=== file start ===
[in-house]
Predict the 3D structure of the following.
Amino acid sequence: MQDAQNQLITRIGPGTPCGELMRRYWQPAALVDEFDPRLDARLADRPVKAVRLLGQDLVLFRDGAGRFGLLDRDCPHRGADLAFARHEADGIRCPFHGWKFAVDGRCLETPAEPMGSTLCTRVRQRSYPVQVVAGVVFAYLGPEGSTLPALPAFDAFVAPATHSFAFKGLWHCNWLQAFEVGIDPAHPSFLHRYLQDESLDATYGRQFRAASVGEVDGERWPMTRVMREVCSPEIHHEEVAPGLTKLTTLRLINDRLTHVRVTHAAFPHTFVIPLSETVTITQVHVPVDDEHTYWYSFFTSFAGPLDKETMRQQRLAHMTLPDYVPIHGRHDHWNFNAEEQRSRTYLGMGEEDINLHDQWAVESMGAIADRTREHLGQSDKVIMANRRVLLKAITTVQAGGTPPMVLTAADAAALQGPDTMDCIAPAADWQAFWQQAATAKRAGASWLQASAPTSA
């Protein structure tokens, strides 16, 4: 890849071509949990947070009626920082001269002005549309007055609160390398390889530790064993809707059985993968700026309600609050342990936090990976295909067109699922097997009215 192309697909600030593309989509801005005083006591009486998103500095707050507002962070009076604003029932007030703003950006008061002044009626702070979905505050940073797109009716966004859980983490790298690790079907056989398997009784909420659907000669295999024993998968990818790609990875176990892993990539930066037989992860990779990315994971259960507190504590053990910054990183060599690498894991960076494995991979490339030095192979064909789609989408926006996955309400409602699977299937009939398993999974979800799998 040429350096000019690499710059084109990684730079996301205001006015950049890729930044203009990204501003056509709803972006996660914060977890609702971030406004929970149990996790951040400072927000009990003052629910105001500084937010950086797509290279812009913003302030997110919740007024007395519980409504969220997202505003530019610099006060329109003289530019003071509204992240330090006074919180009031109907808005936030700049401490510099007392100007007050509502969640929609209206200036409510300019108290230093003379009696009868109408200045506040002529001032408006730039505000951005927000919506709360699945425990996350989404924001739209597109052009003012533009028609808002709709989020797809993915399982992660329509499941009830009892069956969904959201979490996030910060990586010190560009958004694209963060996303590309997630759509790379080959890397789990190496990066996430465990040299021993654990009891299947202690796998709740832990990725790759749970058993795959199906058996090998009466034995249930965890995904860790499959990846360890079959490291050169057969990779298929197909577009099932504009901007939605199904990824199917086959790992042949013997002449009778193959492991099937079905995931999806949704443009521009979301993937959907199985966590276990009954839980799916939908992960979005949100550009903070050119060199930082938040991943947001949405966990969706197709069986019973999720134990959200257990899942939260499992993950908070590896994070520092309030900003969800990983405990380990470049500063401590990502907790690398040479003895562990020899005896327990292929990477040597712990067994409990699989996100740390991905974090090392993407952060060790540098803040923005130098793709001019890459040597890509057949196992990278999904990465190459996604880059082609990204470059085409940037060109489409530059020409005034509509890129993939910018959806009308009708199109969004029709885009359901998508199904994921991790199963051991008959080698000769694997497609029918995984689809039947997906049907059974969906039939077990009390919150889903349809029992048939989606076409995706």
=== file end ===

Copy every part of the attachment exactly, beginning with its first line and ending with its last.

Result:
[in-house]
Predict the 3D structure of the following.
Amino acid sequence: MQDAQNQLITRIGPGTPCGELMRRYWQPAALVDEFDPRLDARLADRPVKAVRLLGQDLVLFRDGAGRFGLLDRDCPHRGADLAFARHEADGIRCPFHGWKFAVDGRCLETPAEPMGSTLCTRVRQRSYPVQVVAGVVFAYLGPEGSTLPALPAFDAFVAPATHSFAFKGLWHCNWLQAFEVGIDPAHPSFLHRYLQDESLDATYGRQFRAASVGEVDGERWPMTRVMREVCSPEIHHEEVAPGLTKLTTLRLINDRLTHVRVTHAAFPHTFVIPLSETVTITQVHVPVDDEHTYWYSFFTSFAGPLDKETMRQQRLAHMTLPDYVPIHGRHDHWNFNAEEQRSRTYLGMGEEDINLHDQWAVESMGAIADRTREHLGQSDKVIMANRRVLLKAITTVQAGGTPPMVLTAADAAALQGPDTMDCIAPAADWQAFWQQAATAKRAGASWLQASAPTSA
């Protein structure tokens, strides 16, 4: 890849071509949990947070009626920082001269002005549309007055609160390398390889530790064993809707059985993968700026309600609050342990936090990976295909067109699922097997009215 192309697909600030593309989509801005005083006591009486998103500095707050507002962070009076604003029932007030703003950006008061002044009626702070979905505050940073797109009716966004859980983490790298690790079907056989398997009784909420659907000669295999024993998968990818790609990875176990892993990539930066037989992860990779990315994971259960507190504590053990910054990183060599690498894991960076494995991979490339030095192979064909789609989408926006996955309400409602699977299937009939398993999974979800799998 040429350096000019690499710059084109990684730079996301205001006015950049890729930044203009990204501003056509709803972006996660914060977890609702971030406004929970149990996790951040400072927000009990003052629910105001500084937010950086797509290279812009913003302030997110919740007024007395519980409504969220997202505003530019610099006060329109003289530019003071509204992240330090006074919180009031109907808005936030700049401490510099007392100007007050509502969640929609209206200036409510300019108290230093003379009696009868109408200045506040002529001032408006730039505000951005927000919506709360699945425990996350989404924001739209597109052009003012533009028609808002709709989020797809993915399982992660329509499941009830009892069956969904959201979490996030910060990586010190560009958004694209963060996303590309997630759509790379080959890397789990190496990066996430465990040299021993654990009891299947202690796998709740832990990725790759749970058993795959199906058996090998009466034995249930965890995904860790499959990846360890079959490291050169057969990779298929197909577009099932504009901007939605199904990824199917086959790992042949013997002449009778193959492991099937079905995931999806949704443009521009979301993937959907199985966590276990009954839980799916939908992960979005949100550009903070050119060199930082938040991943947001949405966990969706197709069986019973999720134990959200257990899942939260499992993950908070590896994070520092309030900003969800990983405990380990470049500063401590990502907790690398040479003895562990020899005896327990292929990477040597712990067994409990699989996100740390991905974090090392993407952060060790540098803040923005130098793709001019890459040597890509057949196992990278999904990465190459996604880059082609990204470059085409940037060109489409530059020409005034509509890129993939910018959806009308009708199109969004029709885009359901998508199904994921991790199963051991008959080698000769694997497609029918995984689809039947997906049907059974969906039939077990009390919150889903349809029992048939989606076409995706």